TEL AVIV – Ugandan President Yoweri Kaguta Museveni was mocked across social media for giving what was dubbed a “rambling, disjointed” speech (watch above) on the occasion of the 40th anniversary of the Entebbe Operation to a delegation of Israelis including Prime Minister Benjamin Netanyahu.
David Brinn, managing editor of the Jerusalem Post, noted on Twitter:
“Israel Radio broadcaster cuts off rambling, disjointed speech by Ugandan president – ‘We’ve heard enough’ Entebbe.”
Tel Aviv-based international human rights lawyer Arsen Ostrovsky poked fun at what he called the “most insane, bizarre, rambling speech EVER!”
Arsen pointed out some highlights of Museveni’s address, posting:
* “Herod was a bad gentleman or something like that.”
* “Hitler was a hoodlum.”
* “Can someone remind me please name of the last Iranian President? Oh yes, Ahmadinejad.”
* “There was a character called ‘Balfour,’ he put out something called Balfour Declaration or something [sic] like that.”
* He also managed to mix up Baby Moses with Baby Jesus.
Oh, and he was repeatedly referring to Israel as “Palestine.”
Museveni referred to the Jewish state as Palestine on no less than five occasions.
In his reference to former British foreign minister Lord Arthur James Balfour, the Ugandan president asked “how can you be foreign minister when you are so ignorant?” for suggesting that Uganda become the “national home” of the Jewish people.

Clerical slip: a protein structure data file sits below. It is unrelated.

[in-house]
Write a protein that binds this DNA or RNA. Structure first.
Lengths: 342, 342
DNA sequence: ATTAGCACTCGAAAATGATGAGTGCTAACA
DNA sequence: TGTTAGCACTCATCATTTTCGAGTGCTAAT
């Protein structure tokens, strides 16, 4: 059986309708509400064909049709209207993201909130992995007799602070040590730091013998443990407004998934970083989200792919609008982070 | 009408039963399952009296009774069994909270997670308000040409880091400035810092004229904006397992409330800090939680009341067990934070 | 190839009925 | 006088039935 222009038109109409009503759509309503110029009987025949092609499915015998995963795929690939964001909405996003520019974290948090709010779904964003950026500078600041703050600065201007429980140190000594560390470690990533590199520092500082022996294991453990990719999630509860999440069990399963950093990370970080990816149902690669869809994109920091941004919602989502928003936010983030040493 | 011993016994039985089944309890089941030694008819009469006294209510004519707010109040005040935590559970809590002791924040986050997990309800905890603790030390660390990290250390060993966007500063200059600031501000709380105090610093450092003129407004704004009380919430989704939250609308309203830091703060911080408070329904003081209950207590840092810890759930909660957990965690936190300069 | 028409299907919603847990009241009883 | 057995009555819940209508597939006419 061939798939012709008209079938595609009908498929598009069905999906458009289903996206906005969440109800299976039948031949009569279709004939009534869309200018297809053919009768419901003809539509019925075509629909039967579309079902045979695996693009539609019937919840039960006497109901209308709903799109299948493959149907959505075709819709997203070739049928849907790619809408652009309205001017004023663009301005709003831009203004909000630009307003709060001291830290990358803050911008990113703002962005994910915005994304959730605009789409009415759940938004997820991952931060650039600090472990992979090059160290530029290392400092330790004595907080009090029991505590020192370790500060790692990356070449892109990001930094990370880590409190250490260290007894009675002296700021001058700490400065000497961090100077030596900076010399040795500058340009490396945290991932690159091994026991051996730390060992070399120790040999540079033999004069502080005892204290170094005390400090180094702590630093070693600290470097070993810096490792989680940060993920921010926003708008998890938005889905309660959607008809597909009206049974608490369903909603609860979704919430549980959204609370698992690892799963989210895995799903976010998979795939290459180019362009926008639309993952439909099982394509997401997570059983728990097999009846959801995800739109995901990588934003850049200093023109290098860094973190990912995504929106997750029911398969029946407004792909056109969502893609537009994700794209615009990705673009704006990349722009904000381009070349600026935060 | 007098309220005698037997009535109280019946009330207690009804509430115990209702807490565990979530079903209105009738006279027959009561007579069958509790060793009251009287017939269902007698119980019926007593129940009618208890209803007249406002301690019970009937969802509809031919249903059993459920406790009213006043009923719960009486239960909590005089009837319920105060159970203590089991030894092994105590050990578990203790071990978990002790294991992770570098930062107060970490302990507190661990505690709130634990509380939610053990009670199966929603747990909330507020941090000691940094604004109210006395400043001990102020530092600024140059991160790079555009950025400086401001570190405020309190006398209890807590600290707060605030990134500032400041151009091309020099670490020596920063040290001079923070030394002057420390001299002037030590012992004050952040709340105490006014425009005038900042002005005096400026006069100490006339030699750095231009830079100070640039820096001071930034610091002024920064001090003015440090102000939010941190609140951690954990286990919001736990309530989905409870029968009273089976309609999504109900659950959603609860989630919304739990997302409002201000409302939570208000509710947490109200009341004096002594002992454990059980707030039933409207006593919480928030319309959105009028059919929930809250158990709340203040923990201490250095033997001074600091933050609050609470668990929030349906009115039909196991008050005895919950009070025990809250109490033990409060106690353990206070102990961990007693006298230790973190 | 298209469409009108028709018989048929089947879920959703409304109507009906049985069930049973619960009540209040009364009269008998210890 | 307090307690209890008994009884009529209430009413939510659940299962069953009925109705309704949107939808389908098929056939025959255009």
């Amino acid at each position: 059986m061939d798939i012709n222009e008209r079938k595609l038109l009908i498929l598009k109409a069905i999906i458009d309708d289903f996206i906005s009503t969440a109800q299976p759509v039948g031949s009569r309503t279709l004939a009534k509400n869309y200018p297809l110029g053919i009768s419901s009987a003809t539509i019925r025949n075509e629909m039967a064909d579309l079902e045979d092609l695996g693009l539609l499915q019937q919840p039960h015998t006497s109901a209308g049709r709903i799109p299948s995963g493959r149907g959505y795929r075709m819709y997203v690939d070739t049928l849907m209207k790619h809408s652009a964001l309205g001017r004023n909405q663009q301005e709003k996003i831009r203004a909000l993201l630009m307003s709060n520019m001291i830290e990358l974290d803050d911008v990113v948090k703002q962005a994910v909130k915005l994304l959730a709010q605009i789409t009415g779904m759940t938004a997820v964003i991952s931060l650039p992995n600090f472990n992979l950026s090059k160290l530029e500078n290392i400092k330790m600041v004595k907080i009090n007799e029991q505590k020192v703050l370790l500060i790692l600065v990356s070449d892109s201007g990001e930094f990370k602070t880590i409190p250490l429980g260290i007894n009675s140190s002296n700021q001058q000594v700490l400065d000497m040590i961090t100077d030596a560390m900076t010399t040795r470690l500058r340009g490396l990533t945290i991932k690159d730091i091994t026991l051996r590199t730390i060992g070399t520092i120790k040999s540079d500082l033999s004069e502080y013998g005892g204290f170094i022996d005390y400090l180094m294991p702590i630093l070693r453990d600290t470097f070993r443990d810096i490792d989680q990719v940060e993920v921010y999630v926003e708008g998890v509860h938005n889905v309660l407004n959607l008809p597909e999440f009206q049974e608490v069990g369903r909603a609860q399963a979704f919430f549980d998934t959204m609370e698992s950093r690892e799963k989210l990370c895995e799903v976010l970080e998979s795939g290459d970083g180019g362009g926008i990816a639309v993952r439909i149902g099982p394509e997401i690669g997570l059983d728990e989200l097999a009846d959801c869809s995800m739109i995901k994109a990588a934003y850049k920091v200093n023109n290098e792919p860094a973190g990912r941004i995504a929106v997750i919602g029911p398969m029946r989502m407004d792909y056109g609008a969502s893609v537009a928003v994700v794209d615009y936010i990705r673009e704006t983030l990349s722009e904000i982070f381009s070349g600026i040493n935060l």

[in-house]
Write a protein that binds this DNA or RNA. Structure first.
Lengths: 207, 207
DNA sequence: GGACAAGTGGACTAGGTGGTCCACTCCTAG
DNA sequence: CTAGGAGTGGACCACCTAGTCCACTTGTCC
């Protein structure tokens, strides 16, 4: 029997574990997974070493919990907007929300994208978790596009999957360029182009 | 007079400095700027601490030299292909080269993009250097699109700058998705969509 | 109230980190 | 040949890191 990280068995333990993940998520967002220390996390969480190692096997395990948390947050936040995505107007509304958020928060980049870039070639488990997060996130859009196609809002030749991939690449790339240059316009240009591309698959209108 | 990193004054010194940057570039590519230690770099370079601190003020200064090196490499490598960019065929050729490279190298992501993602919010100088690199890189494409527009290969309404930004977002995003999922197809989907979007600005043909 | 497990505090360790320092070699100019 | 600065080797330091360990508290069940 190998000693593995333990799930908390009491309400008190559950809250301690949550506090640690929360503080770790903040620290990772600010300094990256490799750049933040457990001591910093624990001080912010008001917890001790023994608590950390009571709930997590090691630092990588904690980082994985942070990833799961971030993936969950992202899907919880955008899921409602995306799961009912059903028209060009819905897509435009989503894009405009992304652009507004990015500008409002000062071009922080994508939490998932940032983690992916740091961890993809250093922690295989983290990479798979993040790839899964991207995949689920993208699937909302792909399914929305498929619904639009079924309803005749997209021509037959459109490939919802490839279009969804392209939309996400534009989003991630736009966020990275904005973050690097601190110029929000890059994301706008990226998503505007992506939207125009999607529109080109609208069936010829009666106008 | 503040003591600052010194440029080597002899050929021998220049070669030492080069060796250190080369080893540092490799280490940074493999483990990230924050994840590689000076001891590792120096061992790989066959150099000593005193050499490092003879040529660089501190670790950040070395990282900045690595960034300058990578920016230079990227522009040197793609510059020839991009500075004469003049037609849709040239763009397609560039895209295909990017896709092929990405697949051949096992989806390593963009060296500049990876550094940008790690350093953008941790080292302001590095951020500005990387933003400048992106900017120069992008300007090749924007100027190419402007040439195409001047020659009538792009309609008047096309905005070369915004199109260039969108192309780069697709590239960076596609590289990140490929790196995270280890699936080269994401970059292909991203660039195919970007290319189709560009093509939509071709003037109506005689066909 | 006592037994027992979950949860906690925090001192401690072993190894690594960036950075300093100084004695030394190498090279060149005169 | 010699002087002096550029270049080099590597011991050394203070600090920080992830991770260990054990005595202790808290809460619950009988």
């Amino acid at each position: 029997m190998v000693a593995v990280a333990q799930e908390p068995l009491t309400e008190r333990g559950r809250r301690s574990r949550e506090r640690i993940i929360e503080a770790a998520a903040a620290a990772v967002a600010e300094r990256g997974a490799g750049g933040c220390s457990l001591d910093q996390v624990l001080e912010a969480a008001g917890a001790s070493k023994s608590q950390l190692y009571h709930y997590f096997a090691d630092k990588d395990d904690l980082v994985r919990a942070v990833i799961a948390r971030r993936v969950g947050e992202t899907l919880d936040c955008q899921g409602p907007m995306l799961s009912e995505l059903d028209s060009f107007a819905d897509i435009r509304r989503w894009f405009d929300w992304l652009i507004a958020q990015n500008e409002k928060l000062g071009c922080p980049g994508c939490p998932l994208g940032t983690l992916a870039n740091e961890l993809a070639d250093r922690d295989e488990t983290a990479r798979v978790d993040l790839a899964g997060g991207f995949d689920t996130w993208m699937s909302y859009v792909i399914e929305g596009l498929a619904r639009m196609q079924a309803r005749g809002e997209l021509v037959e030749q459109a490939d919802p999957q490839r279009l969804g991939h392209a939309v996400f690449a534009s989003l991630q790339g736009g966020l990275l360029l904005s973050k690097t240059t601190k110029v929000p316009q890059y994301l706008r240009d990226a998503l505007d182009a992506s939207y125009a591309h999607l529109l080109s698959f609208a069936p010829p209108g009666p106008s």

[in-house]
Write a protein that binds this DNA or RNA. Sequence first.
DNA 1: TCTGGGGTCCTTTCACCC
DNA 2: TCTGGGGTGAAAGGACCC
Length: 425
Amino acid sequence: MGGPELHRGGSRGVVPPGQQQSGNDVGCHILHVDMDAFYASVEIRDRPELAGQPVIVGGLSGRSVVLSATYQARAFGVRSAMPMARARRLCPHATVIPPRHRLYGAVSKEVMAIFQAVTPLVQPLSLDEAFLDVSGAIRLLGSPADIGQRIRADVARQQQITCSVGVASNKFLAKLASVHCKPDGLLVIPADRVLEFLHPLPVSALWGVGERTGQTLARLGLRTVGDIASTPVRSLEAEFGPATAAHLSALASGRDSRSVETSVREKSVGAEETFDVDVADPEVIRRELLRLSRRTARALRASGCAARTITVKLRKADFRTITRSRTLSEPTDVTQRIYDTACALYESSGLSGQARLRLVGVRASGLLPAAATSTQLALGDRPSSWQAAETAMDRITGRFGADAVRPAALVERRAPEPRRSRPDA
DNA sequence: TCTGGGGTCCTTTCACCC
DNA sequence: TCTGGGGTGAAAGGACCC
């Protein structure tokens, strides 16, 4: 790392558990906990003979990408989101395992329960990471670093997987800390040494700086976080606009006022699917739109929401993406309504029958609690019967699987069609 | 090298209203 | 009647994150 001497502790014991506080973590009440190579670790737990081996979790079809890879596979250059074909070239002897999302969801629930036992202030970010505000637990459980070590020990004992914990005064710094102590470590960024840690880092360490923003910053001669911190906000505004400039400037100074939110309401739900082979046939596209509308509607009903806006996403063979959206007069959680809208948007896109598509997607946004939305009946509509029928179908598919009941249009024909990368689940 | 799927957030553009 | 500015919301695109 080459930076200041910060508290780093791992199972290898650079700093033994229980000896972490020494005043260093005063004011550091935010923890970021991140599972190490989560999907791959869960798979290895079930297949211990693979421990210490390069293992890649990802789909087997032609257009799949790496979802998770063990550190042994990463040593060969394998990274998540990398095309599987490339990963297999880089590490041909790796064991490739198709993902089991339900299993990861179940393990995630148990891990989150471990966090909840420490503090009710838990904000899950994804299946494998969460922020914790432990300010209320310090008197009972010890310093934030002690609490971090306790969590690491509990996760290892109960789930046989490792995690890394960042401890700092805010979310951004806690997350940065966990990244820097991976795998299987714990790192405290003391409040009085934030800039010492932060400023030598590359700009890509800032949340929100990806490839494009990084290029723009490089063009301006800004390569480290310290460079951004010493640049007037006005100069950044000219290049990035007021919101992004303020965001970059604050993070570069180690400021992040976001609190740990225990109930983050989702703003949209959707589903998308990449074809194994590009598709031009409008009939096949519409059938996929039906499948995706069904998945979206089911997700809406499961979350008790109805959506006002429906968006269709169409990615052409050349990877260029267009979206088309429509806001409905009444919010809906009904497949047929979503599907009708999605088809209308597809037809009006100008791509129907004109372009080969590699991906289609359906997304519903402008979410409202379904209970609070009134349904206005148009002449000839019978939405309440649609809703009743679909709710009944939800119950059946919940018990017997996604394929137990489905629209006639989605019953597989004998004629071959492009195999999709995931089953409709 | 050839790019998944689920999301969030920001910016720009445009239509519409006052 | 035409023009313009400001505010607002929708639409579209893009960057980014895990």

Except that Balfour never suggested any such thing.
The notion of a Jewish national home in Uganda was first raised in 1903 by Theodor Herzl. Undeterred, Museveni thanked the Jews for not heeding “Balfour’s” idea.
“Fortunately, the Jews did not accept Balfour’s idea – which was a good thing, otherwise we would have been fighting you now,” he said.
Commenters on Ostrovsky’s post referred to the speech as “comedy gold” and “diplomacy at its best.” One commented that the president may have smoked a joint before taking to the podium or else had drank a “drop too much Shabbas wine.”
Museveni also stated that when statesmen and dignitaries meet, it is usually “a waste of time.”
“Whenever I go to international meetings I sleep in order to survive the meetings,” he said.
Finally, Museveni called for the establishment of two states, an Arab and a Jewish one, existing side by side, and added that if he were called upon to broker a peace deal it would be completed “in a very short time” due to his “very good ideas.”
Netanyahu’s visit to Uganda coincided with the 40th anniversary of Operation Entebbe, in which the prime minister lost his brother Yoni Netanyahu in a hostage-rescue mission from a band of Palestinian and German terrorists.
The prime minister is in Africa for a five-day trip in a bid to strengthen relations.